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What COVID-19 Means for Easter Food Shopping

What COVID-19 Means for Easter Food Shopping

Shopping for Easter foods will look different this year due to COVID-19.

Even though it may not look or feel like it, Easter is just a few days away. In 2019, about 80 percent of Americans planned to celebrate the holiday, according to the National Retail Federation. This year, social distancing practices mean large gatherings are mostly off the table. People may still want to cook for themselves and their families, so how will Easter food shopping look this year compared to last?

More retailers will be closed for Easter than in past years because of the pandemic. Some grocery stores that have traditionally stayed open on the holiday will be closed to give employees a day off. To give staff time to restock shelves and clean, many stores have also reduced hours, in addition to special hours for seniors and those most vulnerable to the virus.


Related: Researchers Suggest COVID-19-Related Measures May Exacerbate Childhood Obesity


 

The good news for the food companies that typically get a boost in sales around the holiday is that people are still eager to celebrate Easter. This year, companies are trying to make sure that shoppers can get traditional Easter foods, despite the tumultuous time. Still, shoppers may have to plan further ahead than usual or spend a little more than in past years.

For Honey Baked Ham, Easter is an important time. This year, Honey Baked is offering $10 off to customers who pick up their hams from stores ahead of the holiday, between April 3 and April 8. Honey Baked hopes to reduce crowding in stores by spreading the shopping period out. It’s also taking other measures to try and keep customers and employees safe, including offering delivery via Uber Eats, limiting the number of customers who can enter stores and holding special hours for senior citizens.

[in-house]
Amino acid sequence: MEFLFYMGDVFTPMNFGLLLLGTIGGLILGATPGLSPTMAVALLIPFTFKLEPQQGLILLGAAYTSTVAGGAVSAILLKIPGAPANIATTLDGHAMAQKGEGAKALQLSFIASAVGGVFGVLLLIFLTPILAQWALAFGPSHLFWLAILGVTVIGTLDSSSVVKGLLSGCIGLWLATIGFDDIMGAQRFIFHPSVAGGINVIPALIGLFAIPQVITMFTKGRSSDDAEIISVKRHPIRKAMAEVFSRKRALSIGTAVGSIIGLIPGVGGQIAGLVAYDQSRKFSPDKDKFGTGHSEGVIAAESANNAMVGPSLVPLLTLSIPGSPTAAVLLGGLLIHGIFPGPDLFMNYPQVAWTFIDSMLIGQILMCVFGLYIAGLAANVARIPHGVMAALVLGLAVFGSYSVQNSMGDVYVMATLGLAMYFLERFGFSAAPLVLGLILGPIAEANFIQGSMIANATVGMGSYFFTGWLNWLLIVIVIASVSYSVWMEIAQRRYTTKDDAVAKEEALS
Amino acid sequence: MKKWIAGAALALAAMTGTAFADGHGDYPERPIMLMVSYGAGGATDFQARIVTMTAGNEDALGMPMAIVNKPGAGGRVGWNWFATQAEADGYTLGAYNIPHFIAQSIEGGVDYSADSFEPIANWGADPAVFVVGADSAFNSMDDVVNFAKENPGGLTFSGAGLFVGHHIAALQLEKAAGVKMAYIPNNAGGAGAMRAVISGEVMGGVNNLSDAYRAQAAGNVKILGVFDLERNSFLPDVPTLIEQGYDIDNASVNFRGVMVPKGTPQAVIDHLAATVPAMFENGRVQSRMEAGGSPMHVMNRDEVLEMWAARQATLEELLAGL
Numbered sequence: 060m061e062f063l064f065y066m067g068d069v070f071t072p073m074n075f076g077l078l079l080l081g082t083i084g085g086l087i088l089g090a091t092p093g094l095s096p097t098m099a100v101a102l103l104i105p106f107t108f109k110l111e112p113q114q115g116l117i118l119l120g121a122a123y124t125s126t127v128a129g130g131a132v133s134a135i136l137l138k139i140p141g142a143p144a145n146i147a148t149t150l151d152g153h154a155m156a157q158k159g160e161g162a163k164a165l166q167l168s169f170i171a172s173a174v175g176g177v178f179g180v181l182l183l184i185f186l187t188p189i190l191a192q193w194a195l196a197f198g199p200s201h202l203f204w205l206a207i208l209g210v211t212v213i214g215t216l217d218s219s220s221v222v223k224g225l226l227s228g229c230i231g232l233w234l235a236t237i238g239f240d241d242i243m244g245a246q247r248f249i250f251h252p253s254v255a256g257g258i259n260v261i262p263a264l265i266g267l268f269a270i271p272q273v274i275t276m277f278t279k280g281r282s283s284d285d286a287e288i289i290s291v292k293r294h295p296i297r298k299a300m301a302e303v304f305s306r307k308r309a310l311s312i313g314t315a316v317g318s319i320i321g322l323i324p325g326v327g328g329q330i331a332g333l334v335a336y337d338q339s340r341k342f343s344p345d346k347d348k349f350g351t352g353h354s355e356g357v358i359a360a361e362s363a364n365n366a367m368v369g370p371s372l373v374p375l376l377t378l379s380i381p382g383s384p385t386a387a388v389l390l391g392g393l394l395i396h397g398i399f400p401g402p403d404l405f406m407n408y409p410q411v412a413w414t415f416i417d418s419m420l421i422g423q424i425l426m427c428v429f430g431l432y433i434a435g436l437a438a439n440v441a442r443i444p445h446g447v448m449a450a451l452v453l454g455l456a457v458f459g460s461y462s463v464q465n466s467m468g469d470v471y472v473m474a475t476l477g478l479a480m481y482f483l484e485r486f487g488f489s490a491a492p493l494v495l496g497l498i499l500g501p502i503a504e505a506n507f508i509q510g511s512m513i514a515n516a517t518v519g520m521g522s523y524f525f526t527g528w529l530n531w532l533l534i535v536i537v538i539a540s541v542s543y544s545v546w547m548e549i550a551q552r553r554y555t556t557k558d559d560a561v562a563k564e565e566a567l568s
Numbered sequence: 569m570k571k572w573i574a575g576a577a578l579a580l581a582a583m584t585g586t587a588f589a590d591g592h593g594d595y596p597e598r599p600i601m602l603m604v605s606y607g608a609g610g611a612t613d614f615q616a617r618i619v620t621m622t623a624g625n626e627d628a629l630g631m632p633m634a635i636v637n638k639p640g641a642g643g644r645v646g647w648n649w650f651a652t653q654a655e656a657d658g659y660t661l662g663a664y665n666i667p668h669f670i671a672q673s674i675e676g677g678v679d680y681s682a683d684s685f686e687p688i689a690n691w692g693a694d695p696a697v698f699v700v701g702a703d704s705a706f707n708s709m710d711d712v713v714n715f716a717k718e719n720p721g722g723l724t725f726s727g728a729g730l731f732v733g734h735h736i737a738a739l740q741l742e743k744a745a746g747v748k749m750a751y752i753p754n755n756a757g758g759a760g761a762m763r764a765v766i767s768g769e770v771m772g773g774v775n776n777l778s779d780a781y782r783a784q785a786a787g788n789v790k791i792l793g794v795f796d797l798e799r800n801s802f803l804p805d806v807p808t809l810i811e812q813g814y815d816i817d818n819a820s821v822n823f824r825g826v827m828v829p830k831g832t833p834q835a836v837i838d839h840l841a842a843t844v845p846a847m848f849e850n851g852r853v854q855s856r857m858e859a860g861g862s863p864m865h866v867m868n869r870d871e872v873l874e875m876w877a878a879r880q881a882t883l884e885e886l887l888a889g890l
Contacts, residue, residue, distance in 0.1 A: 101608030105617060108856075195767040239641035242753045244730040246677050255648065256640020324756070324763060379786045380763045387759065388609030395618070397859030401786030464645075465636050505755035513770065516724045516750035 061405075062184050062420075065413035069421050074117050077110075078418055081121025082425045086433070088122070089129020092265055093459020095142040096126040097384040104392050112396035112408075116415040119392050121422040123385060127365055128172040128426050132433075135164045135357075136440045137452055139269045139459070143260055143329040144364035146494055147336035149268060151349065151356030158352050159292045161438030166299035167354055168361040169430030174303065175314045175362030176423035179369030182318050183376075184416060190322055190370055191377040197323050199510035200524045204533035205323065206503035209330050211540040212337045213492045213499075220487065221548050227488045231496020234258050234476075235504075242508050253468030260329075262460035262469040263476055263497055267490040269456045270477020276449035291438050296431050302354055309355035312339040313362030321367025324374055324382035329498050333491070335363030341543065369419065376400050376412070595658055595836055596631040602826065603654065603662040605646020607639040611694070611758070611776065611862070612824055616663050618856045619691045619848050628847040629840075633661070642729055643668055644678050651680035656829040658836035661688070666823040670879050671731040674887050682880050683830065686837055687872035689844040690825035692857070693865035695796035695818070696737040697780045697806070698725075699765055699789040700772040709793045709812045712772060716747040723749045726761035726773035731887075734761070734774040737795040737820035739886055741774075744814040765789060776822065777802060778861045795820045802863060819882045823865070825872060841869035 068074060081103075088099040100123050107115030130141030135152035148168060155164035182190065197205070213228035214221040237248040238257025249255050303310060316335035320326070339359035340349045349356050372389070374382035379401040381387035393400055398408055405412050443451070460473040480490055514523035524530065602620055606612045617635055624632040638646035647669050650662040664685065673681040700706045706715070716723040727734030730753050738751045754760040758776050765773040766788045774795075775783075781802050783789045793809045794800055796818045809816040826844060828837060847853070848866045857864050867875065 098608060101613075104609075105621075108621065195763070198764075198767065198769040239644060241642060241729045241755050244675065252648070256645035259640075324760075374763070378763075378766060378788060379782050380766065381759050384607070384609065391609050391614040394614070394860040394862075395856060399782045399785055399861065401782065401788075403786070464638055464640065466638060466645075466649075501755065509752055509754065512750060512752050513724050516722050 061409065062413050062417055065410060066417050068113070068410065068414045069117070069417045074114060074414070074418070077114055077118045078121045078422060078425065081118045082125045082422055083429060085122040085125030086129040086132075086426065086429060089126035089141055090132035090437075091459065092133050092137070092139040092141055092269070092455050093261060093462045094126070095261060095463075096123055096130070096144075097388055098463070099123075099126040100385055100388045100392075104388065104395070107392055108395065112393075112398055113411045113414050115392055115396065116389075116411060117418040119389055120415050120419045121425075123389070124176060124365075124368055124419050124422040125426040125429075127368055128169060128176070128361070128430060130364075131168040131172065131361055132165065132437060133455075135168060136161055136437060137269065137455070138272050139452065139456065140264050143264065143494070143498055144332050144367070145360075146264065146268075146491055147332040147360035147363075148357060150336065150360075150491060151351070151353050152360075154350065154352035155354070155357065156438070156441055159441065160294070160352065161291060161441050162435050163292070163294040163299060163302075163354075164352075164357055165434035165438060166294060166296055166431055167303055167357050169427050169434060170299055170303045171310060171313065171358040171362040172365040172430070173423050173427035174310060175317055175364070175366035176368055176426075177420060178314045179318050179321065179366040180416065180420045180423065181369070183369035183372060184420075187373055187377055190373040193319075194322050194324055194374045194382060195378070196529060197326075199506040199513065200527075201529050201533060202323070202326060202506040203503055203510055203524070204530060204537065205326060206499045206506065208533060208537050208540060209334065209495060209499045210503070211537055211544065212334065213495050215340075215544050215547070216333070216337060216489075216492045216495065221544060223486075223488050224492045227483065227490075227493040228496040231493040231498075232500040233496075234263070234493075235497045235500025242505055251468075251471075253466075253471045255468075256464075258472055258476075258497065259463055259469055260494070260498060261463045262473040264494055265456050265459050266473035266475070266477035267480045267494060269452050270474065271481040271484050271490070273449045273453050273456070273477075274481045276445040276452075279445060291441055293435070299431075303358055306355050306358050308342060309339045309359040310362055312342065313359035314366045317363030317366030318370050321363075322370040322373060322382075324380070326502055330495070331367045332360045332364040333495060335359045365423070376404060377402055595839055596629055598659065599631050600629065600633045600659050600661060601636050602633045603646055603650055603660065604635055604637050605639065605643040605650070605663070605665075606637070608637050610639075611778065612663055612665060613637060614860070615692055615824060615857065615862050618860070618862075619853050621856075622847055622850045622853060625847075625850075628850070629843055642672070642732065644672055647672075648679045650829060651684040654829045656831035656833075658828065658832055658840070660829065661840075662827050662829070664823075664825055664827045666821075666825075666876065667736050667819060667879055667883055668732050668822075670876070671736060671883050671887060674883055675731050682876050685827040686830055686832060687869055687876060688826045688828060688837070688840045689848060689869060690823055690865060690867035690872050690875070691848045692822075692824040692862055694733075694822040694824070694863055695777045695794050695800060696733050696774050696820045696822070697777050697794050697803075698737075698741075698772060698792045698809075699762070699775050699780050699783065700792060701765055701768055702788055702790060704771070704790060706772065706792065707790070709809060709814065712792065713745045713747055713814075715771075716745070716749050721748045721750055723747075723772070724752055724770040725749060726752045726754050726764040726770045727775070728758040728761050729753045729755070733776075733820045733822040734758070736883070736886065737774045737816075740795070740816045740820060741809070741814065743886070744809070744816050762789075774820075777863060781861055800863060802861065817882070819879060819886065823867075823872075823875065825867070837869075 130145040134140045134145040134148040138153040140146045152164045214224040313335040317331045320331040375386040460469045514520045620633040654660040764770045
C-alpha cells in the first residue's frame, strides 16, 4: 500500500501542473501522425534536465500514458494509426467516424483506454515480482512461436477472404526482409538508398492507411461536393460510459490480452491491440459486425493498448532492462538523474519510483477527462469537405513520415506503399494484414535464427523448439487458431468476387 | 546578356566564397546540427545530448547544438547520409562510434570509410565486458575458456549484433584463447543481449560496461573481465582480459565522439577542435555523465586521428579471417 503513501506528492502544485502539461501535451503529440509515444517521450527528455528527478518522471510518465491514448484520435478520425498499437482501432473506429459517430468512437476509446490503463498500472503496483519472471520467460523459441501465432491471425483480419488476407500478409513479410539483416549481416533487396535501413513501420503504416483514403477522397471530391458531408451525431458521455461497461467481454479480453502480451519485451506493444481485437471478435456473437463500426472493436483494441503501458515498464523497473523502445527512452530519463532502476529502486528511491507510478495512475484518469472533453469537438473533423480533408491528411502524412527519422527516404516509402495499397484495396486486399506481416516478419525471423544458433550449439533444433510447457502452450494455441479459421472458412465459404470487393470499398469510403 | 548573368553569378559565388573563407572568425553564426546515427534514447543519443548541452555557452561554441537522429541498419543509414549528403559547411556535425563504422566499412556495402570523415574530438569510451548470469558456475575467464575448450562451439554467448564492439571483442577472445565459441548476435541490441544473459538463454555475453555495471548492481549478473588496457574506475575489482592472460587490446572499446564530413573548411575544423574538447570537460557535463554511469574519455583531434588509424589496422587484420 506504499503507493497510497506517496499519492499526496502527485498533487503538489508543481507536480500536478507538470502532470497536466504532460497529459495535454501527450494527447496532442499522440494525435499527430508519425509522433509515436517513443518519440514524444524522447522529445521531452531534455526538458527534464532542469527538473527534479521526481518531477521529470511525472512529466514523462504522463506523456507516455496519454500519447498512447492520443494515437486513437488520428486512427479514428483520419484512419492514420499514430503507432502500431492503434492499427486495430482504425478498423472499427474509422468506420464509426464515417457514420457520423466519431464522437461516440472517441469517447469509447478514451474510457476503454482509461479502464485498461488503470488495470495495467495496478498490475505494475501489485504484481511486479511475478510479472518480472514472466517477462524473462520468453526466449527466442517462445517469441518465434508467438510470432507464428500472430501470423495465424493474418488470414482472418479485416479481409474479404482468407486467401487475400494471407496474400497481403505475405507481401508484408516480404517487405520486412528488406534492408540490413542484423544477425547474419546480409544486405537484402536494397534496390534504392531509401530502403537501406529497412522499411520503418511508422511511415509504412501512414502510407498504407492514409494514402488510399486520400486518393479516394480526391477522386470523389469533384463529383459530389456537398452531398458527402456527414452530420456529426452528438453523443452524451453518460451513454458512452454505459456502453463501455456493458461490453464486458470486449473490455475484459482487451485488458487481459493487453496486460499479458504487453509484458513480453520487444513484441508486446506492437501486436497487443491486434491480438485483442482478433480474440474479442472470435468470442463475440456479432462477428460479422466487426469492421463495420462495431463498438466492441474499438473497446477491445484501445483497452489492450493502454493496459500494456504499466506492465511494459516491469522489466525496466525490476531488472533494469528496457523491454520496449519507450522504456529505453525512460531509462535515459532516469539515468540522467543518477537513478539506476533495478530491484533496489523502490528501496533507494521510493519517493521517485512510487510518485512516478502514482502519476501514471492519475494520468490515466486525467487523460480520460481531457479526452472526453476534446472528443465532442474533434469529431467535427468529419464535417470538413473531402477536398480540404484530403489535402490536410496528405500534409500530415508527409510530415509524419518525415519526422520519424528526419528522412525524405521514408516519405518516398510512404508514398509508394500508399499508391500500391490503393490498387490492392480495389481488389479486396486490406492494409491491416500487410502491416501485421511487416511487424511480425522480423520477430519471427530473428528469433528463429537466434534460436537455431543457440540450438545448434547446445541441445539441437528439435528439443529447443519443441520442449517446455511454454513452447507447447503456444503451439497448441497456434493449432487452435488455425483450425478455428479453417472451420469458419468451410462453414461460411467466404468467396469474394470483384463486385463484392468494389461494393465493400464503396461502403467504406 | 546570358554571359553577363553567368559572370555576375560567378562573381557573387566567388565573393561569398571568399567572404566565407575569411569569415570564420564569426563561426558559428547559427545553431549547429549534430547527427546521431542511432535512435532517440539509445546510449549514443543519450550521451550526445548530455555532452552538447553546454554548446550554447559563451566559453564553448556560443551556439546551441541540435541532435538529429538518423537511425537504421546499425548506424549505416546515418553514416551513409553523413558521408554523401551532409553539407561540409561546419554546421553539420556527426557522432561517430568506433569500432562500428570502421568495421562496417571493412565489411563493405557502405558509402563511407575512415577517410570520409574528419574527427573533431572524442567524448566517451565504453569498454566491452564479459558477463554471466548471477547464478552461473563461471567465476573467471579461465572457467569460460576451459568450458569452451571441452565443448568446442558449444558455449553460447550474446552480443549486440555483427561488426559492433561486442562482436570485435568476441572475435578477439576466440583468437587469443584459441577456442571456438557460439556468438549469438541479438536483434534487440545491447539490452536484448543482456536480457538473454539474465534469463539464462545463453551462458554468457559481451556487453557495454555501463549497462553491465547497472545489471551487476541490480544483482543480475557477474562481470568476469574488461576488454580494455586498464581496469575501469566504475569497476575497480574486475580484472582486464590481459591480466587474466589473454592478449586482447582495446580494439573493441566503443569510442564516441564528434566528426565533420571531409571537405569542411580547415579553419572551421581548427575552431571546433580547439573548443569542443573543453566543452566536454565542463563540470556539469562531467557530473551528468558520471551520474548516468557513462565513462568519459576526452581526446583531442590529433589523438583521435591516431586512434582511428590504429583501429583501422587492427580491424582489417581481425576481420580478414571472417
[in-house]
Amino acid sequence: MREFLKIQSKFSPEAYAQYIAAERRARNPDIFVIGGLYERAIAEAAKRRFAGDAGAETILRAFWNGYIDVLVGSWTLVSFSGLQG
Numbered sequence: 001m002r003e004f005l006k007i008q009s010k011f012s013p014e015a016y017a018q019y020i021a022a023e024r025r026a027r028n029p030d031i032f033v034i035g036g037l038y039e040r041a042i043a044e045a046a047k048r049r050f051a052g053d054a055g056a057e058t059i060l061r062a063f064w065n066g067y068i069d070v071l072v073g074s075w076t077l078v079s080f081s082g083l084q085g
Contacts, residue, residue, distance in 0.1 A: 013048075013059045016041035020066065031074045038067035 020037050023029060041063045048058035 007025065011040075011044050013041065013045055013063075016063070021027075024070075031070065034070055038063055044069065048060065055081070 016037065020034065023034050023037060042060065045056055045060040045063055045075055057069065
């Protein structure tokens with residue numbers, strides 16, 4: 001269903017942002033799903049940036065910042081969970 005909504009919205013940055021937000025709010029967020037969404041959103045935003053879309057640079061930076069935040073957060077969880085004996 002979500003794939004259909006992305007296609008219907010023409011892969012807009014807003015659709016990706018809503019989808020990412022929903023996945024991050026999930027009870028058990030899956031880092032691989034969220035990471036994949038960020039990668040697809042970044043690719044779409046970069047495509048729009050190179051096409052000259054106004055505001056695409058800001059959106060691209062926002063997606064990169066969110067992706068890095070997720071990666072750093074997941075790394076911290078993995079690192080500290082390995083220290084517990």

Meat producer Smithfield Foods is also taking steps to ensure that shoppers can get ham this Easter. The company has added more than 13 million pounds of bone-in and spiral hams this year to meet customer demand, and is also shipping them out earlier than usual to make sure they arrive on time. Working with its retail partners, the company is ensuring hams are available online and for pickup.

It wouldn’t be Easter without eggs, and in recent weeks, a surge in demand for eggs has sent prices through the roof. To keep up with the shopping frenzy, retailers ordered more eggs than usual, depleting egg producers’ Easter supply. But that doesn’t mean that customers won’t be able to find eggs this Easter.

Some foodservice egg buyers, like restaurants and cafeterias, are closed which means that some of those eggs could be redirected to grocery store shelves. Plus, people might not come back for eggs now if they stocked up a few weeks ago. Shoppers should still be able to find eggs for Easter, but they might be pricey and customers might not be able to buy as much as they want, with some retailers limiting sales of eggs to prevent hoarding.

Easter is particularly important for niche candy manufacturers, namely Peeps. Although people tend to buy perishable food items like ham or eggs just a few days before holidays, they may shop for more shelf-stable goods, like chocolate, ahead of time. Because candy sellers tend to extend their seasons as much as possible, shoppers have been seeing Easter candy on shelves since February.

For Peeps maker Just Born, that’s an advantage, especially since it has temporarily closed its production facilities in Pennsylvania. Just Born makes more than two billion Peeps a year, most of which are for Easter. Despite sales being down 12 percent compared to last year, the company expects to make most of its Easter Peeps sales right around now.

While Easter dinners and egg hunts may not look like they did in past years, consumers will likely still be able to get their hands on holiday staples and celebrate Easter while practicing social distancing.